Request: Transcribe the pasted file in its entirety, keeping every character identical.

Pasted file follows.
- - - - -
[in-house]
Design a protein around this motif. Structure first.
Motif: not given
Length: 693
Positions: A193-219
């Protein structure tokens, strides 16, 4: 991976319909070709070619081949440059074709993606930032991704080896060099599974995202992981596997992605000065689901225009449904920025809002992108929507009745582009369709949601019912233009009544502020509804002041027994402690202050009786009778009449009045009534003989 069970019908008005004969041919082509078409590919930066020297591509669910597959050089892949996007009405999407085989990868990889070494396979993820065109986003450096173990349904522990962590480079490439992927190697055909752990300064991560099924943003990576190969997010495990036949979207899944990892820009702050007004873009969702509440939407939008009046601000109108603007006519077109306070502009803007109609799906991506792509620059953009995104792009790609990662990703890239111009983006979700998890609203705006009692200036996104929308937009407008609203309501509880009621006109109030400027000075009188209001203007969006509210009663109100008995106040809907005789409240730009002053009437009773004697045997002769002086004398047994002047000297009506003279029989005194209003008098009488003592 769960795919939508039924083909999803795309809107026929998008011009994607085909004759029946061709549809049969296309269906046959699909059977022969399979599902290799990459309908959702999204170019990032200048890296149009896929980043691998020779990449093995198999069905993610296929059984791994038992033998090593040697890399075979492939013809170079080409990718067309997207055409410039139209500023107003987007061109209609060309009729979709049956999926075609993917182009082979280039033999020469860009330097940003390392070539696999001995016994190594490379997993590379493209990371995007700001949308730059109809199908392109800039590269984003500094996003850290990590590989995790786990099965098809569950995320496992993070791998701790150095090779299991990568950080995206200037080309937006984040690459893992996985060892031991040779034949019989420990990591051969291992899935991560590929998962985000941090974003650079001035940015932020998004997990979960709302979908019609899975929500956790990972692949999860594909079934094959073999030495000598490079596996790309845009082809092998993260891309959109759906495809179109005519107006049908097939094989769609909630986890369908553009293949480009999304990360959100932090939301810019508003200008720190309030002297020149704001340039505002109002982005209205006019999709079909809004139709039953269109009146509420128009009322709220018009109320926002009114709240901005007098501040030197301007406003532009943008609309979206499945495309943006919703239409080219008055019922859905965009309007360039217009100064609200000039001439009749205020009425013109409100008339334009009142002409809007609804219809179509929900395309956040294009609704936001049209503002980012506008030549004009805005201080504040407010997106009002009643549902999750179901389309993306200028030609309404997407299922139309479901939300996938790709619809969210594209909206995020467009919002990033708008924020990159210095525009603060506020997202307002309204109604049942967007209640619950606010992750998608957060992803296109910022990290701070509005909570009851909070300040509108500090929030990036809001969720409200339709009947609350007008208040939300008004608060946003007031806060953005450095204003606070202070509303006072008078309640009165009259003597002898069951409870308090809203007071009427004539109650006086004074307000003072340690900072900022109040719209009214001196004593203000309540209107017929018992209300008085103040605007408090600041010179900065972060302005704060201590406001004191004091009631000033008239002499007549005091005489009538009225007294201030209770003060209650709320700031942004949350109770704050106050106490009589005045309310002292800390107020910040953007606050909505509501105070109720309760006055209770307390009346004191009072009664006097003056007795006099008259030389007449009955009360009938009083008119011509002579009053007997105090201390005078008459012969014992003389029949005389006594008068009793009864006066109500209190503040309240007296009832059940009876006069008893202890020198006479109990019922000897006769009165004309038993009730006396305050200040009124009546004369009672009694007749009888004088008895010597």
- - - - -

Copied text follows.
[in-house]
Design a protein around this motif. Structure first.
Motif: not given
Length: 693
Positions: A193-219
């Protein structure tokens, strides 16, 4: 991976319909070709070619081949440059074709993606930032991704080896060099599974995202992981596997992605000065689901225009449904920025809002992108929507009745582009369709949601019912233009009544502020509804002041027994402690202050009786009778009449009045009534003989 069970019908008005004969041919082509078409590919930066020297591509669910597959050089892949996007009405999407085989990868990889070494396979993820065109986003450096173990349904522990962590480079490439992927190697055909752990300064991560099924943003990576190969997010495990036949979207899944990892820009702050007004873009969702509440939407939008009046601000109108603007006519077109306070502009803007109609799906991506792509620059953009995104792009790609990662990703890239111009983006979700998890609203705006009692200036996104929308937009407008609203309501509880009621006109109030400027000075009188209001203007969006509210009663109100008995106040809907005789409240730009002053009437009773004697045997002769002086004398047994002047000297009506003279029989005194209003008098009488003592 769960795919939508039924083909999803795309809107026929998008011009994607085909004759029946061709549809049969296309269906046959699909059977022969399979599902290799990459309908959702999204170019990032200048890296149009896929980043691998020779990449093995198999069905993610296929059984791994038992033998090593040697890399075979492939013809170079080409990718067309997207055409410039139209500023107003987007061109209609060309009729979709049956999926075609993917182009082979280039033999020469860009330097940003390392070539696999001995016994190594490379997993590379493209990371995007700001949308730059109809199908392109800039590269984003500094996003850290990590590989995790786990099965098809569950995320496992993070791998701790150095090779299991990568950080995206200037080309937006984040690459893992996985060892031991040779034949019989420990990591051969291992899935991560590929998962985000941090974003650079001035940015932020998004997990979960709302979908019609899975929500956790990972692949999860594909079934094959073999030495000598490079596996790309845009082809092998993260891309959109759906495809179109005519107006049908097939094989769609909630986890369908553009293949480009999304990360959100932090939301810019508003200008720190309030002297020149704001340039505002109002982005209205006019999709079909809004139709039953269109009146509420128009009322709220018009109320926002009114709240901005007098501040030197301007406003532009943008609309979206499945495309943006919703239409080219008055019922859905965009309007360039217009100064609200000039001439009749205020009425013109409100008339334009009142002409809007609804219809179509929900395309956040294009609704936001049209503002980012506008030549004009805005201080504040407010997106009002009643549902999750179901389309993306200028030609309404997407299922139309479901939300996938790709619809969210594209909206995020467009919002990033708008924020990159210095525009603060506020997202307002309204109604049942967007209640619950606010992750998608957060992803296109910022990290701070509005909570009851909070300040509108500090929030990036809001969720409200339709009947609350007008208040939300008004608060946003007031806060953005450095204003606070202070509303006072008078309640009165009259003597002898069951409870308090809203007071009427004539109650006086004074307000003072340690900072900022109040719209009214001196004593203000309540209107017929018992209300008085103040605007408090600041010179900065972060302005704060201590406001004191004091009631000033008239002499007549005091005489009538009225007294201030209770003060209650709320700031942004949350109770704050106050106490009589005045309310002292800390107020910040953007606050909505509501105070109720309760006055209770307390009346004191009072009664006097003056007795006099008259030389007449009955009360009938009083008119011509002579009053007997105090201390005078008459012969014992003389029949005389006594008068009793009864006066109500209190503040309240007296009832059940009876006069008893202890020198006479109990019922000897006769009165004309038993009730006396305050200040009124009546004369009672009694007749009888004088008895010597």